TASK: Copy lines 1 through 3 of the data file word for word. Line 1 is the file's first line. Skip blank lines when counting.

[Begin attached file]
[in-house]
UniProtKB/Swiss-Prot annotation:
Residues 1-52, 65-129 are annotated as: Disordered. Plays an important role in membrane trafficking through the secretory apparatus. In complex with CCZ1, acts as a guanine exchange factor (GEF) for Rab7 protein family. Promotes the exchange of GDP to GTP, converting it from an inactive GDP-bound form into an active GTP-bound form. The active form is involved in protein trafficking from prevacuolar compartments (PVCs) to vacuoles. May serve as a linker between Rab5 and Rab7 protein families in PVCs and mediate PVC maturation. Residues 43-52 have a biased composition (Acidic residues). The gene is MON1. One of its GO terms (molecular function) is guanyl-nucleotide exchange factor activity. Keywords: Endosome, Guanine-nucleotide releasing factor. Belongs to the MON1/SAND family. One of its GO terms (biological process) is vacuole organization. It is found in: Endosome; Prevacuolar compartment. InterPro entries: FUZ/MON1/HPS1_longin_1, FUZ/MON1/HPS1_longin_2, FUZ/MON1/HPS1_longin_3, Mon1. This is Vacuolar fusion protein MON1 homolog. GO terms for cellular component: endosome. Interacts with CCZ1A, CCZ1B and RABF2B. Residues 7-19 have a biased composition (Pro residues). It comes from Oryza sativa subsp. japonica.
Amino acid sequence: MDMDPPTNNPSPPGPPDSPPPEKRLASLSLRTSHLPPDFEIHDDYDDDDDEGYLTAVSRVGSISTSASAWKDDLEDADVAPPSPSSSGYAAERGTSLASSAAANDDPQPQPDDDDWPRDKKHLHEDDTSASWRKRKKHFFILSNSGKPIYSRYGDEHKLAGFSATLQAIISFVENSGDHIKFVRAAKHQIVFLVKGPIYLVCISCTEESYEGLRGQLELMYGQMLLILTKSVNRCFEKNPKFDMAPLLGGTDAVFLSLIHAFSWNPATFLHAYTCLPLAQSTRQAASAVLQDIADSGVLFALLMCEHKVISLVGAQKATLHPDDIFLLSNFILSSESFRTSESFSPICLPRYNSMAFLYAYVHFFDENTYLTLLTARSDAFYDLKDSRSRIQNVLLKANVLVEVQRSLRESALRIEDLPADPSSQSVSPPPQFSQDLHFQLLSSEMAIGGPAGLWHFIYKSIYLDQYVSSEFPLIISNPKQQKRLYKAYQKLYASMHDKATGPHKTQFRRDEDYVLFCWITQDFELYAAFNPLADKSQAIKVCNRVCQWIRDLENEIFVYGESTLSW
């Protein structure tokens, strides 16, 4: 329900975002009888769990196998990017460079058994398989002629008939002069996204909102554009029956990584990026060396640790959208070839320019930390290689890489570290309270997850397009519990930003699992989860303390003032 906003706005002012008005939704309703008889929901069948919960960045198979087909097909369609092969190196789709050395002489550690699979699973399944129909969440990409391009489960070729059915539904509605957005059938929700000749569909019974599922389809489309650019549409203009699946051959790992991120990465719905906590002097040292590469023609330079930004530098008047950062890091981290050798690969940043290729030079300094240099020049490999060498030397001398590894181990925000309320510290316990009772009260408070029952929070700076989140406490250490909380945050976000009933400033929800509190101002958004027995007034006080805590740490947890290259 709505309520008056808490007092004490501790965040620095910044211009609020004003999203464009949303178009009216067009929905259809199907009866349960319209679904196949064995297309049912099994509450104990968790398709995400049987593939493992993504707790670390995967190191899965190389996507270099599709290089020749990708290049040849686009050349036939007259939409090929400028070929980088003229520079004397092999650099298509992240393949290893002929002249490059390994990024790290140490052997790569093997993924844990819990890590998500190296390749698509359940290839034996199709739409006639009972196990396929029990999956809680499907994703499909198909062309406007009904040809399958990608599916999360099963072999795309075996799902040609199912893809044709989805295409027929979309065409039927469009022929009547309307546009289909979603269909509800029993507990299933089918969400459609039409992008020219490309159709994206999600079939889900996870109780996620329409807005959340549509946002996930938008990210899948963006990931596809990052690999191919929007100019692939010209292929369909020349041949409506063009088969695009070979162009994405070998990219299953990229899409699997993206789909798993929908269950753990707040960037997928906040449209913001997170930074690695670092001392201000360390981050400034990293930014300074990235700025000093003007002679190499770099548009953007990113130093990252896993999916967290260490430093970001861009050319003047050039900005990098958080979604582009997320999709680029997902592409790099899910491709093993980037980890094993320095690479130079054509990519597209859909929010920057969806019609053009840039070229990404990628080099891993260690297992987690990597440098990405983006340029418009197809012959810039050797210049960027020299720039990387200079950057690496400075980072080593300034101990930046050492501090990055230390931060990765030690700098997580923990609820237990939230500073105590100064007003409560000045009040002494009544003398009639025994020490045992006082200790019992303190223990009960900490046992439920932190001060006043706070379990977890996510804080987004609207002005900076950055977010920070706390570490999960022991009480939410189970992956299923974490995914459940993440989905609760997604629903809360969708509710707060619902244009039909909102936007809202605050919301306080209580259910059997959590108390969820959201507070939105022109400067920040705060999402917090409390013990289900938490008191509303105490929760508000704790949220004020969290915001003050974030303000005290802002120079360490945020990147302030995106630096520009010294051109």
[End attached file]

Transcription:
[in-house]
UniProtKB/Swiss-Prot annotation:
Residues 1-52, 65-129 are annotated as: Disordered. Plays an important role in membrane trafficking through the secretory apparatus. In complex with CCZ1, acts as a guanine exchange factor (GEF) for Rab7 protein family. Promotes the exchange of GDP to GTP, converting it from an inactive GDP-bound form into an active GTP-bound form. The active form is involved in protein trafficking from prevacuolar compartments (PVCs) to vacuoles. May serve as a linker between Rab5 and Rab7 protein families in PVCs and mediate PVC maturation. Residues 43-52 have a biased composition (Acidic residues). The gene is MON1. One of its GO terms (molecular function) is guanyl-nucleotide exchange factor activity. Keywords: Endosome, Guanine-nucleotide releasing factor. Belongs to the MON1/SAND family. One of its GO terms (biological process) is vacuole organization. It is found in: Endosome; Prevacuolar compartment. InterPro entries: FUZ/MON1/HPS1_longin_1, FUZ/MON1/HPS1_longin_2, FUZ/MON1/HPS1_longin_3, Mon1. This is Vacuolar fusion protein MON1 homolog. GO terms for cellular component: endosome. Interacts with CCZ1A, CCZ1B and RABF2B. Residues 7-19 have a biased composition (Pro residues). It comes from Oryza sativa subsp. japonica.